For Hacking Major Tech Firm Texas Man Prisoned for 57 Months


Tyler C. King, a 31-year-old from Dallas, Texas, was sentenced this week to 57 months in jail for crimes related to the hacking of an unnamed New York-based major tech firm.

King was convicted in November 2019 of computer fraud and aggravated identity theft charges. He also pleaded guilty in June 2020 to obstruct charges of justice relating to fake evidence he provided during his trial.

In 2015, King gained access to the systems of the technology firm, with the help of Ashley St. Andria, who was an employee of the company at the time, according to the Justice Department. The two gained access to the network of the company and created admin accounts that gave them access to senior executives’ emails, personal files, financial documents, and other proprietary information.

King and St. Andria once again gained access to their networks and stole business records after the company detected the intrusion and deactivated the rogue admin account. Authorities say the hackers have bypassed victim safety systems “through a series of sophisticated steps.”

King’s sentence also includes 2 years of supervised release, a $15,000 fine, and over $21,000 in restitution, in addition to prison.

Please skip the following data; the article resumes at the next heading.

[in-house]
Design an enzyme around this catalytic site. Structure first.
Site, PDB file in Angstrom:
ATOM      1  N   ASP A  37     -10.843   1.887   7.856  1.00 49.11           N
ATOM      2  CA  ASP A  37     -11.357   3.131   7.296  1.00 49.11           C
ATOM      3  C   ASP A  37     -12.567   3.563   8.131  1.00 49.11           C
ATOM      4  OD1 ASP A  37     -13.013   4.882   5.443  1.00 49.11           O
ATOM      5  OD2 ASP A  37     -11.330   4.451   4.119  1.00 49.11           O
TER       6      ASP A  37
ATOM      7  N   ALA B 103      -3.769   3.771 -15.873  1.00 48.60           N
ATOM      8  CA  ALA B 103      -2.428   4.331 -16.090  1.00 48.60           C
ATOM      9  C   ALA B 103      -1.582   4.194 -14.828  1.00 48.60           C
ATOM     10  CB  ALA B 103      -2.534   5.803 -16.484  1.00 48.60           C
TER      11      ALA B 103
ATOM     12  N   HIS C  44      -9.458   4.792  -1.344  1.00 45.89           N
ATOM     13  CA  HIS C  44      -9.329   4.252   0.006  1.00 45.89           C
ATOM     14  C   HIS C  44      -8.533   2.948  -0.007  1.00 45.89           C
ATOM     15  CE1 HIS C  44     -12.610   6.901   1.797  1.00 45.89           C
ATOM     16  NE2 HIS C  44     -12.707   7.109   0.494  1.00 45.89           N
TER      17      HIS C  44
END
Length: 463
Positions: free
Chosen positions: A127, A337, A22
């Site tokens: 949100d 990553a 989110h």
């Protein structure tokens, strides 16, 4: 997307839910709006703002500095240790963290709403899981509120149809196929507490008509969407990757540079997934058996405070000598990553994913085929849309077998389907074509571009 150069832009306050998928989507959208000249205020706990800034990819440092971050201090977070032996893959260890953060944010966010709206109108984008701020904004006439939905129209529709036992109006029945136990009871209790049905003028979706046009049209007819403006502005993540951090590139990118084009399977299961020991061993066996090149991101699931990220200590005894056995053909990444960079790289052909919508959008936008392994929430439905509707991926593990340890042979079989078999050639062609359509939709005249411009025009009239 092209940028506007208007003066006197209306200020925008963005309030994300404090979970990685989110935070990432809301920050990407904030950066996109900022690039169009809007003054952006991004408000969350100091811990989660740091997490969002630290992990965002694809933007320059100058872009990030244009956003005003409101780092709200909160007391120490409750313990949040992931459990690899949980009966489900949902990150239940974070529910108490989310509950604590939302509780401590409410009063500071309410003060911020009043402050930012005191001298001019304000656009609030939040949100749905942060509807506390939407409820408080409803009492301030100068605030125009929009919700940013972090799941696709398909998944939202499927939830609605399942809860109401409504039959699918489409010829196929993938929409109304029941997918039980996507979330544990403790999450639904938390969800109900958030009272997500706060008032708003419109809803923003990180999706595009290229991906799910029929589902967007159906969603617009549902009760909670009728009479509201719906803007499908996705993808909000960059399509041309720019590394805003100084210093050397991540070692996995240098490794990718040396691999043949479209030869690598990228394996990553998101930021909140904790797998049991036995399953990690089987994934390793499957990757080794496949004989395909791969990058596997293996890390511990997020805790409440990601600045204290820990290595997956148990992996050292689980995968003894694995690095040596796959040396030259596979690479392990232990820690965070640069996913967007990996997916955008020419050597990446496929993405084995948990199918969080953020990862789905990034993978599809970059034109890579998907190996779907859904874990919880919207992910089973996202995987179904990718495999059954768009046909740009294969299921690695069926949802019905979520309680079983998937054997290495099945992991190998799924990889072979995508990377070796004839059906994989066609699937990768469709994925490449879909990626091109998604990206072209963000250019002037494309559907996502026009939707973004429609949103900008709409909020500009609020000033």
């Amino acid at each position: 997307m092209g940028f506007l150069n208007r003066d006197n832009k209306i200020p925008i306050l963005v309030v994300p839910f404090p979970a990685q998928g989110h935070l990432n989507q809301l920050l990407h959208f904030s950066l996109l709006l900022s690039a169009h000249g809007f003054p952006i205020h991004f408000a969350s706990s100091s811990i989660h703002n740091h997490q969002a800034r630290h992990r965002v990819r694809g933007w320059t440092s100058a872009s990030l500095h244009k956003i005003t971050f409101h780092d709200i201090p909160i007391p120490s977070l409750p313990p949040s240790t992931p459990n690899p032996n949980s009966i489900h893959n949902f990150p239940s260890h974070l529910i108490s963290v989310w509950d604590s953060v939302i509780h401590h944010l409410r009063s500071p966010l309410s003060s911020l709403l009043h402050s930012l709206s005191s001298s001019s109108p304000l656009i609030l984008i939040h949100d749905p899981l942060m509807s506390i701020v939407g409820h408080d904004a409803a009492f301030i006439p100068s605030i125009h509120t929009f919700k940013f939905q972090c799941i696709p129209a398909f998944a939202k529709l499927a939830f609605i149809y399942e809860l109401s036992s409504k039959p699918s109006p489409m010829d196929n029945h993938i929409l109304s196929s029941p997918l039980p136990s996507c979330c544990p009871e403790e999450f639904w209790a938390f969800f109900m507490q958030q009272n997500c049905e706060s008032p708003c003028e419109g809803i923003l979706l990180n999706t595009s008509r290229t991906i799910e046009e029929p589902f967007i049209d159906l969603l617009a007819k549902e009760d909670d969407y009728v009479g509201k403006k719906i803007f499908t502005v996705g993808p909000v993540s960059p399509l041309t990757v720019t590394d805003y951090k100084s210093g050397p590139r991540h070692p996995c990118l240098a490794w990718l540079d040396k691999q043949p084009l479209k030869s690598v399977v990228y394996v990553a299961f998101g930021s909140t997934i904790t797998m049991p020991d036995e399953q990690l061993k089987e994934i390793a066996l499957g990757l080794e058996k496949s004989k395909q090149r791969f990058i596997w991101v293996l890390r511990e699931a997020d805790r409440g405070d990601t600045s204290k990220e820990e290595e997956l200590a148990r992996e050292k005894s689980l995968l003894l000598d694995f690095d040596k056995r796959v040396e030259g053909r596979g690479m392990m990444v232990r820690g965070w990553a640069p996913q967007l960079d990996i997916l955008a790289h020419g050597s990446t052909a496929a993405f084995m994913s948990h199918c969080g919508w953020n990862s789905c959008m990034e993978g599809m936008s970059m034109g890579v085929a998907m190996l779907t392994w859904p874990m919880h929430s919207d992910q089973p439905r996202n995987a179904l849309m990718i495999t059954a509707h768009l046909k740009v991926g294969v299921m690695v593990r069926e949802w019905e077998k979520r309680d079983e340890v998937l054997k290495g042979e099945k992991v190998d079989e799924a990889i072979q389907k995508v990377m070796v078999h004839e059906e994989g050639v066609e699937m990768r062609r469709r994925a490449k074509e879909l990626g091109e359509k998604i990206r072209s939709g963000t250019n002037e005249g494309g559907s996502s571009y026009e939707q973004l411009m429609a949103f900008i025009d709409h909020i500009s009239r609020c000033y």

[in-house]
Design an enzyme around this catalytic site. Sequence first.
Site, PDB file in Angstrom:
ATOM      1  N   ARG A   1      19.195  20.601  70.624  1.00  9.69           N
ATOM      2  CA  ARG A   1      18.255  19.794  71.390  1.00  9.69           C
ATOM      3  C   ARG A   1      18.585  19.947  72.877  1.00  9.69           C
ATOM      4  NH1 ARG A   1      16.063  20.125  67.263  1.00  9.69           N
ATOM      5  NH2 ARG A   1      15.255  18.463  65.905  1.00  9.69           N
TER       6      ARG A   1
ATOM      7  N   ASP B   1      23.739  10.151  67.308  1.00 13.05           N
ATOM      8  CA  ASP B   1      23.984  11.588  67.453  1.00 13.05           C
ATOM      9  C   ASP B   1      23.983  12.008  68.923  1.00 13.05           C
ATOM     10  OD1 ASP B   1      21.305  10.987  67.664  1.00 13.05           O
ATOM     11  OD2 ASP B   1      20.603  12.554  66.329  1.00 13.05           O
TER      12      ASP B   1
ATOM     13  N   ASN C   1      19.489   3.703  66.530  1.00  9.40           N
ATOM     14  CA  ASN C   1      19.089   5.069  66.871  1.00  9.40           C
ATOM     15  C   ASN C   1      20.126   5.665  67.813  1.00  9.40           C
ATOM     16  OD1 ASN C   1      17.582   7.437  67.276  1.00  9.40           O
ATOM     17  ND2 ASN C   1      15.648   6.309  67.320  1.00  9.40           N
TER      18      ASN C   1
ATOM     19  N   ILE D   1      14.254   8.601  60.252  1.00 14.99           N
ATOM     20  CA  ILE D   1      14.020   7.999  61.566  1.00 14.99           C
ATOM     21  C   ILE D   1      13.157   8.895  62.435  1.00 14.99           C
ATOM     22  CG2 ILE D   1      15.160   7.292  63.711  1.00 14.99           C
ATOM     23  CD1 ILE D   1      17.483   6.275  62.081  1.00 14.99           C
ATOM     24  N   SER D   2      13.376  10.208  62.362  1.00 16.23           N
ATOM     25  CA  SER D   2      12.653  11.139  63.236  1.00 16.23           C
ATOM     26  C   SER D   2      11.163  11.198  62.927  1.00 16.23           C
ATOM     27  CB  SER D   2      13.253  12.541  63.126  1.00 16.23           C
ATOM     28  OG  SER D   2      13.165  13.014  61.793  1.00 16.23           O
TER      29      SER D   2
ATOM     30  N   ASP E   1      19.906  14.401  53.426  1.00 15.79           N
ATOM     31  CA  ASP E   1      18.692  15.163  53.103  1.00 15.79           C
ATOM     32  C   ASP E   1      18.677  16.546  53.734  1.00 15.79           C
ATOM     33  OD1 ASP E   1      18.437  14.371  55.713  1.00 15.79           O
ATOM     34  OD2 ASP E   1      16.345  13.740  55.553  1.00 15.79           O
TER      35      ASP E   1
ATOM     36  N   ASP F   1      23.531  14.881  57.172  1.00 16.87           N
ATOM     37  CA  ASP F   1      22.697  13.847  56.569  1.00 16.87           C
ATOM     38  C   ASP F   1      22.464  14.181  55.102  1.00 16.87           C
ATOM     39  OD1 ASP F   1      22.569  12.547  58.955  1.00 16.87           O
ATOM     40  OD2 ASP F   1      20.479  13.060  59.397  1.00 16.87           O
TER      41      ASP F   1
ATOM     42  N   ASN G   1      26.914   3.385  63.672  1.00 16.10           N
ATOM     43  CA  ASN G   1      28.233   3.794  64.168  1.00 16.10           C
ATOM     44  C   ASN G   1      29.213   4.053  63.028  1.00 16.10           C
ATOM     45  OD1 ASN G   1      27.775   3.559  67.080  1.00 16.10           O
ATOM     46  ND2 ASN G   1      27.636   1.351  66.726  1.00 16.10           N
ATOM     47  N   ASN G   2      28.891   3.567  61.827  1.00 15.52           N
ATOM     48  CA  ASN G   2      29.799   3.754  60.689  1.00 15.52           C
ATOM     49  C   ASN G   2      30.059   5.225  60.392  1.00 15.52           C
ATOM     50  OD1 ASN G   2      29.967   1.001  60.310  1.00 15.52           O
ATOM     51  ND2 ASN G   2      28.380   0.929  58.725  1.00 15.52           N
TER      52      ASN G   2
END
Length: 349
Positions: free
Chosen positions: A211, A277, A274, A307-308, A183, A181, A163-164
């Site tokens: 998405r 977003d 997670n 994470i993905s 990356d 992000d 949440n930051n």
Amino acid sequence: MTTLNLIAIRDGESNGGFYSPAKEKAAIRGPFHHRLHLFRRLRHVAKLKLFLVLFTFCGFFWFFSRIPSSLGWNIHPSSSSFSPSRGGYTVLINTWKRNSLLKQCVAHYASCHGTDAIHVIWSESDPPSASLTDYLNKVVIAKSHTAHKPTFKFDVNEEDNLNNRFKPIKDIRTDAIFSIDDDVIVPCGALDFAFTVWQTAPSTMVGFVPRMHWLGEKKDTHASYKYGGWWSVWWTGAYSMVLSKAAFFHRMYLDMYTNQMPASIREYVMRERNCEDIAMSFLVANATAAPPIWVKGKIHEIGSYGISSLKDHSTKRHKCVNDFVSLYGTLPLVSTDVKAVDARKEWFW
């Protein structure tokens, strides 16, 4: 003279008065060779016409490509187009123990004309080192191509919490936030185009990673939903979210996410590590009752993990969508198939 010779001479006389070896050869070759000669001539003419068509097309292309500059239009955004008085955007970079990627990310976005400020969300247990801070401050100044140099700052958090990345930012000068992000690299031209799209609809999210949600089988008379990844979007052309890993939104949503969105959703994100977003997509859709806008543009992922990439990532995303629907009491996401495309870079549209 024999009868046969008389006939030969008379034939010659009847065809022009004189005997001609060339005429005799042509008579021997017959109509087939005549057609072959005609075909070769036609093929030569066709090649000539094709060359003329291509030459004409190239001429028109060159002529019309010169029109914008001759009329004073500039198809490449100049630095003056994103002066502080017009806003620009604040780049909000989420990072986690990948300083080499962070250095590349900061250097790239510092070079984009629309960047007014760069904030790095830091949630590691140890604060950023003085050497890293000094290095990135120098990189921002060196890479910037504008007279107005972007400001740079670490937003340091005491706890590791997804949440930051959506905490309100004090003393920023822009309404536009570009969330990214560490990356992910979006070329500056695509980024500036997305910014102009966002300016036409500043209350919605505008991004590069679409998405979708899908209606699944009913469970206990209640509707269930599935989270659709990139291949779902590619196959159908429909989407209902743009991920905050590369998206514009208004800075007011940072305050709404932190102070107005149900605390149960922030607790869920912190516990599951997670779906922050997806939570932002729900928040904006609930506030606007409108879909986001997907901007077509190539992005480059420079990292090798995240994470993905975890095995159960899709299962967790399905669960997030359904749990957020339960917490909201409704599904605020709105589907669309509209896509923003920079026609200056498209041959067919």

“Tyler King hacked into a major technology company, damaged their systems, stole data and laughed at it all from the comfort of his Texas sofa. He will now serve in federal prison for 57 months,” U.S. stated. Procurator Grant C. Jaquith. “Those interested in hiding information and damage property behind their keyboards should take the sentence of today as a strong reminder that computer hacking is a serious business with serious consequences. I thank the FBI for the outstanding work it has done in bringing King to justice.”

After pleading guilty to computer fraud charges in August 2018, St. Andria was sentenced to time served and 2 years of supervised release in March 2020.

Mark Funk
Mark Funk is an experienced information security specialist who works with enterprises to mature and improve their enterprise security programs. Previously, he worked as a security news reporter.